Hidden costs. They’re everywhere. They hide down the back of the radiator, breathe down your neck on the bus, swim in the foam of your cappuccino. They climb into your fridge at night and drink your Frosty Jacks. They’re sitting behind your computer screen right now.
You can do your best to roll up a well-made budget and swat them into oblivion, but some are just too nimble. And it would be fine; we could learn to live with the little bastards, if money were no object. Unfortunately for many of us it very definitely is an object, and one we have very little of as students.
So the task of actively seeking and shelling out for weeks upon weeks of unpaid work experience is hardly an ideal prospect. With maintenance loans barely covering accommodation, and food prices inexorably rising, it is becoming increasingly difficult to find the money for travel and living expenses for internships – especially those based in the Cost Capital, London. Unless you have family and friends within commuting distance or a hefty wad burning a hole in your back pocket, the price gets pretty punitive.
But surely this is a warped view of the situation. If you are at university, you have already undertaken a massive financial investment – one of the biggest you will ever make – in yourself. You nine-granders will spend over £35,000 during your three-year degrees, and for what?
Some of that huge expense can be attributed to the experience, the environment, and the love of your course. But a large chunk is spent in the belief that you are buying not necessarily a taxi ride to the door of your dream job, but at least a decent bike with a comfy seat. It is of vital importance to view your degree as this investment, lest you lose sight of why you are throwing thousands of pounds at the university.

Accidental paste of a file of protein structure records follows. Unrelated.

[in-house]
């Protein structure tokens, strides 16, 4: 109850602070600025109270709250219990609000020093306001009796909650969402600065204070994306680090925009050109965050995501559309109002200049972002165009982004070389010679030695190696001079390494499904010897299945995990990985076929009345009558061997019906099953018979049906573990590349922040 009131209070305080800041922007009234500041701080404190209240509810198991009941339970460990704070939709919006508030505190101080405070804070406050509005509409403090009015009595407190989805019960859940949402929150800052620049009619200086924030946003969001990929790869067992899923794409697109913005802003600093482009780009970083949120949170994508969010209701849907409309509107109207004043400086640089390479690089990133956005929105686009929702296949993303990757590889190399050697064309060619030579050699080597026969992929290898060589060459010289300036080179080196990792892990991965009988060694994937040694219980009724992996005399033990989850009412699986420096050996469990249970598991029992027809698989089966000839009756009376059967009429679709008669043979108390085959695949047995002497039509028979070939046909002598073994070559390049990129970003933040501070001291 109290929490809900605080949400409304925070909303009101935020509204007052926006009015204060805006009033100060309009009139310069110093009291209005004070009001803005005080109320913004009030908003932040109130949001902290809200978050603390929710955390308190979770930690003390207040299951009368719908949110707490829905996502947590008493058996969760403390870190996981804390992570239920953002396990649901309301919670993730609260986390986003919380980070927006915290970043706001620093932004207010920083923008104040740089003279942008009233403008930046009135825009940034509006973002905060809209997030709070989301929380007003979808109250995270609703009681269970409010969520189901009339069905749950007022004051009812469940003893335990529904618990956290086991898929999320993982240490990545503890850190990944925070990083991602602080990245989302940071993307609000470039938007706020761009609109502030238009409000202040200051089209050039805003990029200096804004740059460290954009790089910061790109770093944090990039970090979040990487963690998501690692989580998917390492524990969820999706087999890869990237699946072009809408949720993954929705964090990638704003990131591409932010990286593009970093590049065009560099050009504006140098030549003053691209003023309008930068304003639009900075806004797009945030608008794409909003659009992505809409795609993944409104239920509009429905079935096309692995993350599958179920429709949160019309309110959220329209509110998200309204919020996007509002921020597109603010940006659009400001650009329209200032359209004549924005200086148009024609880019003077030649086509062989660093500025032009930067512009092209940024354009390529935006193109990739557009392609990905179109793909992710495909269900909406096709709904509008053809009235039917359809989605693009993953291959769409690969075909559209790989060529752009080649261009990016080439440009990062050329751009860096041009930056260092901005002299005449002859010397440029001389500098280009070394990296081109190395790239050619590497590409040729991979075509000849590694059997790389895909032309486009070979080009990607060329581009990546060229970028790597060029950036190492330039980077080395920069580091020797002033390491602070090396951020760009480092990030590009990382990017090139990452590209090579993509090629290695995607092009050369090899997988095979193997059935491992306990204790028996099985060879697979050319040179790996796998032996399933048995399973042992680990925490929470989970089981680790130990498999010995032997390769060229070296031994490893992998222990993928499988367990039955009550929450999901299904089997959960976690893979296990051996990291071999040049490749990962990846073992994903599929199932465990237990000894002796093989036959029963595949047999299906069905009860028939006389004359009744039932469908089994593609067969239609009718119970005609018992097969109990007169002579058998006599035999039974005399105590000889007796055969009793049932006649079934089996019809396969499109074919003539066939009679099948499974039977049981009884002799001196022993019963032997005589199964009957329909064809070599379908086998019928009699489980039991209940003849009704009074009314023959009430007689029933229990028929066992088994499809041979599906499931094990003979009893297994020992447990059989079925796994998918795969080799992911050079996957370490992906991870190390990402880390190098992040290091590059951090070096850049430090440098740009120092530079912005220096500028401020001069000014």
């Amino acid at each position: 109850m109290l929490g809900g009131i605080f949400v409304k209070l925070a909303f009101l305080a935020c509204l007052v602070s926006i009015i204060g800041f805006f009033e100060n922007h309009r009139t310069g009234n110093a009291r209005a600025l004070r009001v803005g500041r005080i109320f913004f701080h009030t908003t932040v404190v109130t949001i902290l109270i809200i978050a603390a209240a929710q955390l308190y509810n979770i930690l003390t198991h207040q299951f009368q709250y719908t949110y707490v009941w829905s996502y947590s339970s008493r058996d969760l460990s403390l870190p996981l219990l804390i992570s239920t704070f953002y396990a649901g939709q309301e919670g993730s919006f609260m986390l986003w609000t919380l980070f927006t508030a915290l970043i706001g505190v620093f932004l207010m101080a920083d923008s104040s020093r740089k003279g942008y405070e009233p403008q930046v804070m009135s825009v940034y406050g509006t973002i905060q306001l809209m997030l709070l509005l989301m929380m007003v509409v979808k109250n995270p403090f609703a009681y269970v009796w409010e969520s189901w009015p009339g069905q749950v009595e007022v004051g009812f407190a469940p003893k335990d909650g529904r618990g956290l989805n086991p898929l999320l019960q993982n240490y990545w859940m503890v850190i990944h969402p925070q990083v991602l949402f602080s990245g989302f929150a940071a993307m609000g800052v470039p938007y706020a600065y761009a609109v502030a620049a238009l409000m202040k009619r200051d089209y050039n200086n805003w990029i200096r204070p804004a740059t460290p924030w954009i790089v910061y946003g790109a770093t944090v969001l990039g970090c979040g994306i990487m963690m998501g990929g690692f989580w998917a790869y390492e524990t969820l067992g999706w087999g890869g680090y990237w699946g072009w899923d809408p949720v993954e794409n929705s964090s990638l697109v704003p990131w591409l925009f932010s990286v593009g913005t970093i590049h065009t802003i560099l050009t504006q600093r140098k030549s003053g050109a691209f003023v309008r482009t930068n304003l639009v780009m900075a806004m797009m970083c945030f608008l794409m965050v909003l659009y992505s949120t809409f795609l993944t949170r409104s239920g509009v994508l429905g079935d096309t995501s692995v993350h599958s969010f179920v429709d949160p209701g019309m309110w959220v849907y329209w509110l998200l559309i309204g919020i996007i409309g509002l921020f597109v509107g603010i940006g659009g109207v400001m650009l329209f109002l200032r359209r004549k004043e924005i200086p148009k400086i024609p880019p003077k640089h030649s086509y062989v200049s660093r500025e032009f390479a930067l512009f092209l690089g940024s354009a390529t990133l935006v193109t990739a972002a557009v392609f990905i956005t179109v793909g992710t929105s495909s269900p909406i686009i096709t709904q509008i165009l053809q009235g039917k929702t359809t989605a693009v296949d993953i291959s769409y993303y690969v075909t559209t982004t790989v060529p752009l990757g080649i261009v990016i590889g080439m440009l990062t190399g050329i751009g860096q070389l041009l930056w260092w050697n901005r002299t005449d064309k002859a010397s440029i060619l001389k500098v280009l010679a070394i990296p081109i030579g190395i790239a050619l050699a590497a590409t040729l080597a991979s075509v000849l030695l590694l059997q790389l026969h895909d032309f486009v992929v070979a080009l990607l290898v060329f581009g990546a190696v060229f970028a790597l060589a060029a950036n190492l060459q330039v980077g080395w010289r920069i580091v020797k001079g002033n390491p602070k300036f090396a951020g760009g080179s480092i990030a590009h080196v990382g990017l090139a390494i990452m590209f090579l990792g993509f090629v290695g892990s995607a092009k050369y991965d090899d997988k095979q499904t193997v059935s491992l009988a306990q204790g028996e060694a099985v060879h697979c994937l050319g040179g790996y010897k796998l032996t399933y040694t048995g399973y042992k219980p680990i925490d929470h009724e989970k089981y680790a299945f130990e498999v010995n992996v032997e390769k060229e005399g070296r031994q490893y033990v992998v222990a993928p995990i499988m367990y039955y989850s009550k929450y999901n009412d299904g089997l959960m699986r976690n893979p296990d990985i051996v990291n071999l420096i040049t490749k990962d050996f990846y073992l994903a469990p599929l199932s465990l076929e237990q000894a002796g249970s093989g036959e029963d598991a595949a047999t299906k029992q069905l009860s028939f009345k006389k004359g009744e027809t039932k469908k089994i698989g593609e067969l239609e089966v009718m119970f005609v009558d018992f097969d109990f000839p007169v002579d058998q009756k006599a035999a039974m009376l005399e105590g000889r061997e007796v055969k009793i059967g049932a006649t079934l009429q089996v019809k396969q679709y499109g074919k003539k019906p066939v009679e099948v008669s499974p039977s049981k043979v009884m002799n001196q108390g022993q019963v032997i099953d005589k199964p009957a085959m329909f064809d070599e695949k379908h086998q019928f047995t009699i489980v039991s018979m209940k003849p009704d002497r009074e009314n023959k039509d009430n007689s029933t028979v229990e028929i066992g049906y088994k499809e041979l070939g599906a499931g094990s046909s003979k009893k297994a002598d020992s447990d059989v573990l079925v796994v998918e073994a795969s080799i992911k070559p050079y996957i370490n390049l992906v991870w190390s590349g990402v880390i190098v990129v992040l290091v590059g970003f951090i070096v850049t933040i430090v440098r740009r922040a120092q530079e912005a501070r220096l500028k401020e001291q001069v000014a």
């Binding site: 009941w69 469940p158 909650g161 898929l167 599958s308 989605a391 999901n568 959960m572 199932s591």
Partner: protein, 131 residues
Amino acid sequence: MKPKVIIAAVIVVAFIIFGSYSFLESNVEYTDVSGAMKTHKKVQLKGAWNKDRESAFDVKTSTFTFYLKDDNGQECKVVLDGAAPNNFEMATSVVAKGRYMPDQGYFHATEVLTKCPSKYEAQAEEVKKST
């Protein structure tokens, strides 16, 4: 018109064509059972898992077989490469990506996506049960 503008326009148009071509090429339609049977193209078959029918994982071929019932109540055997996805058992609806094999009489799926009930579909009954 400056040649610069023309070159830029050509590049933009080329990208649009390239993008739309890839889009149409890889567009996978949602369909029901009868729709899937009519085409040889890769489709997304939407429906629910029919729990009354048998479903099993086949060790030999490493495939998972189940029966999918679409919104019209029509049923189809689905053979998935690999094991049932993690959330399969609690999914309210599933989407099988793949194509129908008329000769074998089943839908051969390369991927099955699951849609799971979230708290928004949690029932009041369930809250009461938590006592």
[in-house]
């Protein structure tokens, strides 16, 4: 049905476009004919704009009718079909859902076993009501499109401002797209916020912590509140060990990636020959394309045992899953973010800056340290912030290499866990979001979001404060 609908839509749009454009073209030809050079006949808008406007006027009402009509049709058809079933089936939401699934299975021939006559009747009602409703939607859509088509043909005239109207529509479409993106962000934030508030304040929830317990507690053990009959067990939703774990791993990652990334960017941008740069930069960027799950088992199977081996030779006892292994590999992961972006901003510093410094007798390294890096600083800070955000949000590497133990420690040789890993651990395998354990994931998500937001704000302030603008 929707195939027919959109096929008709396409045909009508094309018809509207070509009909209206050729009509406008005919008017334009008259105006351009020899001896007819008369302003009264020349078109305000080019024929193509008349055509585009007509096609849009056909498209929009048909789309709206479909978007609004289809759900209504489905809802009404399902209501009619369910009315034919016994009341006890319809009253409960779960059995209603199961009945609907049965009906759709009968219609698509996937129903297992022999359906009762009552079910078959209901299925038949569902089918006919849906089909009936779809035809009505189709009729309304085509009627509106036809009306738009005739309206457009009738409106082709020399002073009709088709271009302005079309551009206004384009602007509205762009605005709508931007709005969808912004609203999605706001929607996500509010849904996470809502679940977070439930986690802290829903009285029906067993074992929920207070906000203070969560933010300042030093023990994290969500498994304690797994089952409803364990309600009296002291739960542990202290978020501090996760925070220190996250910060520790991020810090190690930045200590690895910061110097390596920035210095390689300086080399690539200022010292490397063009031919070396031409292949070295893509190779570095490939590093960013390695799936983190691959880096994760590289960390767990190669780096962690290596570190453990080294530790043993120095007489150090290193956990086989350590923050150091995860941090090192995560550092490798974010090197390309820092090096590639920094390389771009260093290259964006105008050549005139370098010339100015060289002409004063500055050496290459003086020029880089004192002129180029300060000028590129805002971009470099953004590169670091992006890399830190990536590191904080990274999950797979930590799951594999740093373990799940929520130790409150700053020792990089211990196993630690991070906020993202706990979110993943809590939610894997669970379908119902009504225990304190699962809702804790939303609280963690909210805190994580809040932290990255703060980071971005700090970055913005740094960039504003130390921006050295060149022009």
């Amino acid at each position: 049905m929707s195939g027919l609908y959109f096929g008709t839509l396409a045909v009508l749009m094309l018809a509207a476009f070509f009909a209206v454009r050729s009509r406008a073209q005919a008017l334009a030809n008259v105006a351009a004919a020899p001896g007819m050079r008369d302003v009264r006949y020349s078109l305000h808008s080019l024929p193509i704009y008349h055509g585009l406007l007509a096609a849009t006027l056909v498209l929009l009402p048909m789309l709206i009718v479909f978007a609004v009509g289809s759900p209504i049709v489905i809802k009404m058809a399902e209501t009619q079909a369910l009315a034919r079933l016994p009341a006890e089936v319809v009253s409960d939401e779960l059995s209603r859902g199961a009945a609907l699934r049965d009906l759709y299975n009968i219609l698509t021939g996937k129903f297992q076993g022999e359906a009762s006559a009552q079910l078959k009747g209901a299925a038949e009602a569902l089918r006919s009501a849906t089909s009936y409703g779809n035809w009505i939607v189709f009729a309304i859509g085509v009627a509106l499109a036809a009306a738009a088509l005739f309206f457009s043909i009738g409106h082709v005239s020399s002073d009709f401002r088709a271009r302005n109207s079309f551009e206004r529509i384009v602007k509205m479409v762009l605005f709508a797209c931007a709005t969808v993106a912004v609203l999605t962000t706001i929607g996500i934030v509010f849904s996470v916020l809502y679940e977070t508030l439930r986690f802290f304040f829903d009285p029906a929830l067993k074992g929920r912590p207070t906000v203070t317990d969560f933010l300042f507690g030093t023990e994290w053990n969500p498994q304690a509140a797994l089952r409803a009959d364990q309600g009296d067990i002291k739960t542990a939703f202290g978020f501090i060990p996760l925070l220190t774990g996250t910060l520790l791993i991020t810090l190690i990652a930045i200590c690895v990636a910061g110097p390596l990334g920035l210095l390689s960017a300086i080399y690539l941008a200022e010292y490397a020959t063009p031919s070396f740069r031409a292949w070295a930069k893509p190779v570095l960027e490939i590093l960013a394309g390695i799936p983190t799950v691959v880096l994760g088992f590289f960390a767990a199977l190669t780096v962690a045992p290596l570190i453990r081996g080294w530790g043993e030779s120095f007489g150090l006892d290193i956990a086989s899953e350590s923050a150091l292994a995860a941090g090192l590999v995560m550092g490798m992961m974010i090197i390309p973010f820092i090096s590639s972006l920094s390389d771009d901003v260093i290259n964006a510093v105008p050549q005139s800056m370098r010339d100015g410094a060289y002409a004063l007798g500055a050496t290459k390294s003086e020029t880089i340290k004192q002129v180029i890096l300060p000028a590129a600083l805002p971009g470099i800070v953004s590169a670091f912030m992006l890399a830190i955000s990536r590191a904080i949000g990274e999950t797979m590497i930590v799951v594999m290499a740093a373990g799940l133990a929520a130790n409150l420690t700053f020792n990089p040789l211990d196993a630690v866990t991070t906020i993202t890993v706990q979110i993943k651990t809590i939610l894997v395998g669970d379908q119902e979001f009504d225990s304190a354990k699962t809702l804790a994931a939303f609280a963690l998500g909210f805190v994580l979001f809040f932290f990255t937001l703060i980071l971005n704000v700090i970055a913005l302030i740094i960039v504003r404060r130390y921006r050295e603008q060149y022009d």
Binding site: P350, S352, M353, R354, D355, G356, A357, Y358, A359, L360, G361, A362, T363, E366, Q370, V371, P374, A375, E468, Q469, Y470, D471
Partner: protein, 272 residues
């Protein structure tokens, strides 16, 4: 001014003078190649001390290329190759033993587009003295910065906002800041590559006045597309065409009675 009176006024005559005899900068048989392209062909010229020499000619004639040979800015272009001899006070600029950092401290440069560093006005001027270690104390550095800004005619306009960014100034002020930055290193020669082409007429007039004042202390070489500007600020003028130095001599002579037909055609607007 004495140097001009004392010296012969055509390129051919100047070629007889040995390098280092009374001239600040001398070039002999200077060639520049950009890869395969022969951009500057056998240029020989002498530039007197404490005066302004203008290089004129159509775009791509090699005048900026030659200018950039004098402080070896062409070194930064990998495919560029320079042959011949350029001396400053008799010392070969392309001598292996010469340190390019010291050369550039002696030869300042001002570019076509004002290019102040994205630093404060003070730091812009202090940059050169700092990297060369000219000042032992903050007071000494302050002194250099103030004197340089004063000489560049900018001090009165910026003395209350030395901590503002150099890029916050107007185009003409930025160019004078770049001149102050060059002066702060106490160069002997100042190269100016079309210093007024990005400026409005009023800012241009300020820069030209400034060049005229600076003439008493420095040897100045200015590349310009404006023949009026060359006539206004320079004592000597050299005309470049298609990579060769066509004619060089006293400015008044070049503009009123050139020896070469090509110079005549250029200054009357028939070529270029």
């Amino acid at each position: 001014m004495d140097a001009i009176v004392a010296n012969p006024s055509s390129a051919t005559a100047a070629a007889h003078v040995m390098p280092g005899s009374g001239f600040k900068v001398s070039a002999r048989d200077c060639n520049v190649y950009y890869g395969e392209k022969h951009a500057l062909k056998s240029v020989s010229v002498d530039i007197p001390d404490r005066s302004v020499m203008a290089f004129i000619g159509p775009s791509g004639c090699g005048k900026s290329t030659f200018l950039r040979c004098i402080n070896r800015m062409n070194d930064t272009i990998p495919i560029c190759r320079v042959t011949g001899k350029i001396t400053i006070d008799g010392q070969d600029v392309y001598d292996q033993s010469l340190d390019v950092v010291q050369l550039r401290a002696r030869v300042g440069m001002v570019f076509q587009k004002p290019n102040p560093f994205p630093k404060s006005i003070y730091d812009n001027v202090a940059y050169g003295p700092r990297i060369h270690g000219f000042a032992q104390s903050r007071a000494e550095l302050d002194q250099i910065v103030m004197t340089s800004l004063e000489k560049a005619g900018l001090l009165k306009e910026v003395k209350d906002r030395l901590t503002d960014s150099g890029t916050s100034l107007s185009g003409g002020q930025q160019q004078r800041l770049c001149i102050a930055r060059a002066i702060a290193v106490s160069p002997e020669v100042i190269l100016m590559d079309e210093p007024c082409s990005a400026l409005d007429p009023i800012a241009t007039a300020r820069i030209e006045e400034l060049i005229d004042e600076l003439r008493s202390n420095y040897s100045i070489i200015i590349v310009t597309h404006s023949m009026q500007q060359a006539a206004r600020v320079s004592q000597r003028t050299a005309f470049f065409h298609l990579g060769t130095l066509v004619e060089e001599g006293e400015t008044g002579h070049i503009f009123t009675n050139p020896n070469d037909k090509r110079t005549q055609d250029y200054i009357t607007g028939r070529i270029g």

But looking at it from this angle should put your other expenses into perspective as well. Hundreds of pounds on internships with no guarantee of a job may seem like an unaffordable outlay from the depths of student debt, but viewed as an investment in your employability for that perfect post, it suddenly makes a lot of sense.
We’re constantly told that interning is fast becoming a gauntlet students are obliged to run, unless we fancy sharing a measly dole with those ravenous hidden costs. What’s more, for many industries the degree has become simply the enabler, and it is experience and contacts that will land you the job. In the world’s most expensive game of scrabble, you’ll score no points with an employer unless you have a few letters to your name, but the more time you’ve spent speaking their language, the less important it is just what those letters are.
So if you’re willing to spend such a fortune on your degree, an internship is more than worth the extra push – it’s necessary to justify doing the degree at all! If you think you can’t afford an internship, look again. Maybe you can. You might have to scrimp here, and save there, but in the grand scheme of things the right attitude and that couple of hundred pounds could buy you a lifetime career.
Of course it may be truly impossible to find all that money, or you can’t quite get there, but there is help at hand. The university offers students in their penultimate year of study a ‘Get Inspired’ needs-assessed bursary of up to £800 for internships – definitely worth applying for.
It is a travesty that provision for this necessary expense is not included in the maintenance loan, and that money borrowed to live must be diverted away. The problem stems from responsibility being put on the prospective employee, not the employer. Saintly firms have selflessly done the economy the service of creating jobs; the least we can do is work for free. Older generations complain that unpaid work experience was never even considered in their day – work was paid for, and businesses invested their wages to reap the returns of a skilled force. The balance has long since tipped to honour the job creators, the ostensive wealth creators, to whom we must now pander. But there’s no use crying over snatched milk. It’s clear that as a student you must tackle the jobs market as it is, not how it was, nor how you wish it to be. You’d best get on your bike.